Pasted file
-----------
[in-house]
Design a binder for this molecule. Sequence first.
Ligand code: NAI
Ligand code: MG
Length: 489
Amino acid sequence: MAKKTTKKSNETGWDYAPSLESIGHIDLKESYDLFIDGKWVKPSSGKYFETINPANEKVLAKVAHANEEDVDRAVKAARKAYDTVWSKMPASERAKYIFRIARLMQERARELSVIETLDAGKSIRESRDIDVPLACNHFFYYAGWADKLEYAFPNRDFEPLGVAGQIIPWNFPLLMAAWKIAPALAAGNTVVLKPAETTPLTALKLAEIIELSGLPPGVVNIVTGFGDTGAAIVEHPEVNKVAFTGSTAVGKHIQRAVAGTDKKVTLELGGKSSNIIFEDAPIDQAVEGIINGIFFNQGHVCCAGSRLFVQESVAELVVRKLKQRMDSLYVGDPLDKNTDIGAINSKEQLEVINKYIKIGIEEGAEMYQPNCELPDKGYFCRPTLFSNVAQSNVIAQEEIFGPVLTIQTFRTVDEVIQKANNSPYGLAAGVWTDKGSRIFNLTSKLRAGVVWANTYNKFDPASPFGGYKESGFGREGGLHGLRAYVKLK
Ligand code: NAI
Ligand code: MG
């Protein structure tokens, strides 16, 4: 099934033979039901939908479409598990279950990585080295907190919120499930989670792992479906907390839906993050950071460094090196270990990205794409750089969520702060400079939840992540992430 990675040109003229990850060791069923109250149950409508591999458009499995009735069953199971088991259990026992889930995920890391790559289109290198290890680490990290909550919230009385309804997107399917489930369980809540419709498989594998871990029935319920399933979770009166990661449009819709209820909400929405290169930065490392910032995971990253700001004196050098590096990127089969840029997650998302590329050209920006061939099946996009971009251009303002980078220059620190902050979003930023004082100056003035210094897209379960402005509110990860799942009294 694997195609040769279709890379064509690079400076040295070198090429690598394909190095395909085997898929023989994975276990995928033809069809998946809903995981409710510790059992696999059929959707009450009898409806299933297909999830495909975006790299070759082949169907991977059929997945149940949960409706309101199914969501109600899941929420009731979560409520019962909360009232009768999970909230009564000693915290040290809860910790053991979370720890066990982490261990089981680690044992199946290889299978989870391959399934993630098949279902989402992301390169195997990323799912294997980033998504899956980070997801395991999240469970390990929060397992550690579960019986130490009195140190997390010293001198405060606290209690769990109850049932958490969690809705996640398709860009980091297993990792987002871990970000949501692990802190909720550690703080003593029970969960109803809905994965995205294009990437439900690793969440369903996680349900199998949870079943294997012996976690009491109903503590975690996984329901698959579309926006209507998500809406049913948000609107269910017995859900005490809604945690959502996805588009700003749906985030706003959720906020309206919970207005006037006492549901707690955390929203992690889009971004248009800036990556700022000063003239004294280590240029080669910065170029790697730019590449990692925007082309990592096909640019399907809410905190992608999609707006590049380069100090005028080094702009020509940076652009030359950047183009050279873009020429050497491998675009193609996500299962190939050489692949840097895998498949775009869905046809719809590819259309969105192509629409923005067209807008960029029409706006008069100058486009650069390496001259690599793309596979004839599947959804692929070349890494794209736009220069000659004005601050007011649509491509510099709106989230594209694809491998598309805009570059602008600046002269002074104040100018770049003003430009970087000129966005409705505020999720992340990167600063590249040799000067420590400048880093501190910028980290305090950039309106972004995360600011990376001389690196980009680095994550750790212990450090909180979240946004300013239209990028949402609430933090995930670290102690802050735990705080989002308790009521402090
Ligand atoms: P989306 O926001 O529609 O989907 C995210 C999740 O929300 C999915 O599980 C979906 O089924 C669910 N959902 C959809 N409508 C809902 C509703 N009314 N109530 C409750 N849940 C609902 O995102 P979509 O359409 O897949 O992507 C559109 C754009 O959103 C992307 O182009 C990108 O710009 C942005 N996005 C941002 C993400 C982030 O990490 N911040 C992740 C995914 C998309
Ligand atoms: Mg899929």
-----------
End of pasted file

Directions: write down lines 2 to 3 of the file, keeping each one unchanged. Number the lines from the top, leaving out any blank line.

Design a binder for this molecule. Sequence first.
Ligand code: NAI